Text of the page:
Information for the public

There is not enough evidence about how well this procedure works and it can cause potentially serious complications. Fibroids are not cancerous. But rarely they contain cancer cells that have not been diagnosed. This procedure has a risk of spreading undiagnosed cancer cells to healthy tissues. The risk is higher in people over 50 or after the menopause (when periods stop).

If you are 50 or under, or before the menopause, this procedure can only be done with special arrangements. This means you will have regular appointments afterwards to check how well it is working or if it has caused problems.

If you are over 50 or have had the menopause, this procedure should not be used.

Your healthcare professional should talk to you about other treatment options.

Uterine fibroids are non-cancerous growths in or around the womb (uterus). In this procedure, which is done under a general anaesthetic, the fibroids are cut into small pieces (morcellation) using a specifically designed device and removed using keyhole (laparoscopic) surgery through the abdomen. If a hysterectomy is planned, morcellation could be used to also remove part or all of the uterus. The aim is to reduce symptoms caused by fibroids.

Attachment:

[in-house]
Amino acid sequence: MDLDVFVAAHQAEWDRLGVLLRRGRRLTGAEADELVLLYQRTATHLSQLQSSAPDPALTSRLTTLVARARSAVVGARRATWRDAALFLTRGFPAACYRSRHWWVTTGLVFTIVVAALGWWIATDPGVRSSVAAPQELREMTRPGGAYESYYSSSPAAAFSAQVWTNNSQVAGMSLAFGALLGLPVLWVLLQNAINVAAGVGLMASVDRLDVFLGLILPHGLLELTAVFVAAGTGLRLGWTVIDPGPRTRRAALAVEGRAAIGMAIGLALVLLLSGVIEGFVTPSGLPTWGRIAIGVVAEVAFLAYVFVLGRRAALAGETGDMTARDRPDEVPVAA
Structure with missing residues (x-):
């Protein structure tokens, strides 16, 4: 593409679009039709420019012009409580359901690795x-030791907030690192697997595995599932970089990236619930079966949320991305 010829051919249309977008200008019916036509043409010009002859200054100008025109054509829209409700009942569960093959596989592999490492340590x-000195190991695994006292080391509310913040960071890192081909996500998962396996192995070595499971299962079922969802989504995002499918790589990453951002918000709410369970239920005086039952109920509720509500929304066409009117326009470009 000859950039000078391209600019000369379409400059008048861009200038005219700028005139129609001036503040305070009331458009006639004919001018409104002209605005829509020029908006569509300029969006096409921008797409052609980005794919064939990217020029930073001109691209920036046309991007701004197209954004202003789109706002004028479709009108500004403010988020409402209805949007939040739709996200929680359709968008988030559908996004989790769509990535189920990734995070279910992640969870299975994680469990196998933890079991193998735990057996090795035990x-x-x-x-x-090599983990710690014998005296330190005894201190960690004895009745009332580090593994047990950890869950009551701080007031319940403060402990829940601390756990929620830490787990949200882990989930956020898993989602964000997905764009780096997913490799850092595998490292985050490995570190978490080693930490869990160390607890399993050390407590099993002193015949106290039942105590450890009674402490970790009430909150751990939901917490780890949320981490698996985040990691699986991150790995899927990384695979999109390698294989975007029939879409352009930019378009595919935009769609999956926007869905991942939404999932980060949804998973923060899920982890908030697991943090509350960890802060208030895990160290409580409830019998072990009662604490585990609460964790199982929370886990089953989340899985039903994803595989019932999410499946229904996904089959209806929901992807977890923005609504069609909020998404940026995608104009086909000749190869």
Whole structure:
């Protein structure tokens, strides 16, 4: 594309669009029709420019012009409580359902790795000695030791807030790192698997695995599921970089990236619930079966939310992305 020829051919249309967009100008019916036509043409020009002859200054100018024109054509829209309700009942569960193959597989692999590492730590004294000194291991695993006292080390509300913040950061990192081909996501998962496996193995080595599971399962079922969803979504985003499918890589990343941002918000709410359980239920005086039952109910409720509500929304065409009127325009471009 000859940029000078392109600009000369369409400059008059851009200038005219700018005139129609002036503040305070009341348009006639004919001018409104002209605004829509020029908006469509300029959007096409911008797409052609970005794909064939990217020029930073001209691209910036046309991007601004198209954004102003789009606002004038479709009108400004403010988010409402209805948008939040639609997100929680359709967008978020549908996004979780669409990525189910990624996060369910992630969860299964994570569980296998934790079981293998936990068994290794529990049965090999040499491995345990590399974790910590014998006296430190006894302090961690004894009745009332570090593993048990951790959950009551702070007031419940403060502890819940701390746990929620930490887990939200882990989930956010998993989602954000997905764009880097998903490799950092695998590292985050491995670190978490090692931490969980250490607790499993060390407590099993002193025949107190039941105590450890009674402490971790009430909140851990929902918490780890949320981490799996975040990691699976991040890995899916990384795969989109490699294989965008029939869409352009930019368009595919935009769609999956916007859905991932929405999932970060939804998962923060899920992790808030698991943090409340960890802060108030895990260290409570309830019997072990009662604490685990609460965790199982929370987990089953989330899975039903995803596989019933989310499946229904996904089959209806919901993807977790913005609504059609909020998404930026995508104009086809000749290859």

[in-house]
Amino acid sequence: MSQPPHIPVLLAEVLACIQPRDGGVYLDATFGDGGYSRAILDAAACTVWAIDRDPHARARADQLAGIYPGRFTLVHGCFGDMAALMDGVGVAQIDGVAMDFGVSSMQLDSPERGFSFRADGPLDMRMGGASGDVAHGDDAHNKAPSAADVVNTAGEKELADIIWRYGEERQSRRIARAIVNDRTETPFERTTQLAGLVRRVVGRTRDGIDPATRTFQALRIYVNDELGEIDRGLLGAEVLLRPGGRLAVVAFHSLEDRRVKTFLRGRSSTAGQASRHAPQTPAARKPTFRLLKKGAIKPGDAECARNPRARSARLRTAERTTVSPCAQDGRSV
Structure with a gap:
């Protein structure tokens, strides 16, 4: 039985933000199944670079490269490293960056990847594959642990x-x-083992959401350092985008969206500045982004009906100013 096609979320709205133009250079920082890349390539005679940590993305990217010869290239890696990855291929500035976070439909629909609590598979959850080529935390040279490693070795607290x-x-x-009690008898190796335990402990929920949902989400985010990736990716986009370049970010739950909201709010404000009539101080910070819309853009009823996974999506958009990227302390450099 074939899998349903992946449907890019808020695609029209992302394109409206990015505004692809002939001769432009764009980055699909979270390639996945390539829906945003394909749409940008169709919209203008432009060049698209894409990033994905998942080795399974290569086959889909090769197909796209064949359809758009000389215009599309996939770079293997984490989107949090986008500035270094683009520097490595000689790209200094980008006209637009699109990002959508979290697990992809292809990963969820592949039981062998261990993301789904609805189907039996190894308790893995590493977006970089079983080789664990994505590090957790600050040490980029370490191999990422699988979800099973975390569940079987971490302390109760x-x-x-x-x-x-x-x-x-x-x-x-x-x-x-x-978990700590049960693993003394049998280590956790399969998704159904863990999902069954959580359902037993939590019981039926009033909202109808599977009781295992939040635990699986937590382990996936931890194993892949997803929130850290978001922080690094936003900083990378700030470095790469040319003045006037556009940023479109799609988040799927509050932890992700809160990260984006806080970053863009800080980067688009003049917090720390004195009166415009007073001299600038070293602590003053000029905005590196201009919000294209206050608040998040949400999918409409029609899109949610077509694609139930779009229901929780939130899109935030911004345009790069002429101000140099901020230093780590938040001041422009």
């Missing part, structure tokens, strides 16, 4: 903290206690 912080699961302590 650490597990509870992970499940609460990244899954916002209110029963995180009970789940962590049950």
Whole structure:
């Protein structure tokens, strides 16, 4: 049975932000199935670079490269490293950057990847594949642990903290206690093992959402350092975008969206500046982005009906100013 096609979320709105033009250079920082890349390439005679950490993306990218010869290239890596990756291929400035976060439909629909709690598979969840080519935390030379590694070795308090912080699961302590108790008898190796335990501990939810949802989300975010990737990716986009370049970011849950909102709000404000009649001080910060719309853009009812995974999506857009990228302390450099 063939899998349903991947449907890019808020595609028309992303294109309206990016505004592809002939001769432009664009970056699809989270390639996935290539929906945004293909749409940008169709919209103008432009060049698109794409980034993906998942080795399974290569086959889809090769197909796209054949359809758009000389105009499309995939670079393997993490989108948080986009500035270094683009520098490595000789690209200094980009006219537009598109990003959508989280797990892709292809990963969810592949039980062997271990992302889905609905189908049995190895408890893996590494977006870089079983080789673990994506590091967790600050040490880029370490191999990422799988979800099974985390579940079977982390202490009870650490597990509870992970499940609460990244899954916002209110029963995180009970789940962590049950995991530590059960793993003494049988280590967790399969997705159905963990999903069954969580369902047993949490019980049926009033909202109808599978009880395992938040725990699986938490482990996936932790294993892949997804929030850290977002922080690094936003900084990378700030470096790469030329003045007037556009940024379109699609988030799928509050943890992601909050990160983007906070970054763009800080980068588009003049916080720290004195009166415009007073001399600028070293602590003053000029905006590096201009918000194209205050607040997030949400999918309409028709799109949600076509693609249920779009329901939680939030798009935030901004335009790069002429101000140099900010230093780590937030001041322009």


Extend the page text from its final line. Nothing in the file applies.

The NHS website may have information on your condition and treatment options.

You can search the NHS website for information about consultants and hospitals that offer this procedure.

Is this procedure right for me?

You should be included in making decisions about your care.

Your healthcare professionals should explain the risks and benefits of this procedure and how it is done. They should discuss your options and listen carefully to your views and concerns. They should offer you more information about the procedure. Your family or carers can be involved if you want or need them to be.

You will be asked to decide whether you agree (consent) to have the procedure. Find out more about giving consent to treatment on the NHS website.

Some questions to think about

  • How many appointments will I need?
  • What are the possible benefits? How likely am I to get them?
  • What are the risks or side effects? How likely are they?
  • Will I have to stay in hospital?
  • What happens if it does not work or something goes wrong?
  • What happens if I do not want the procedure?
  • Are other treatments available?

More information

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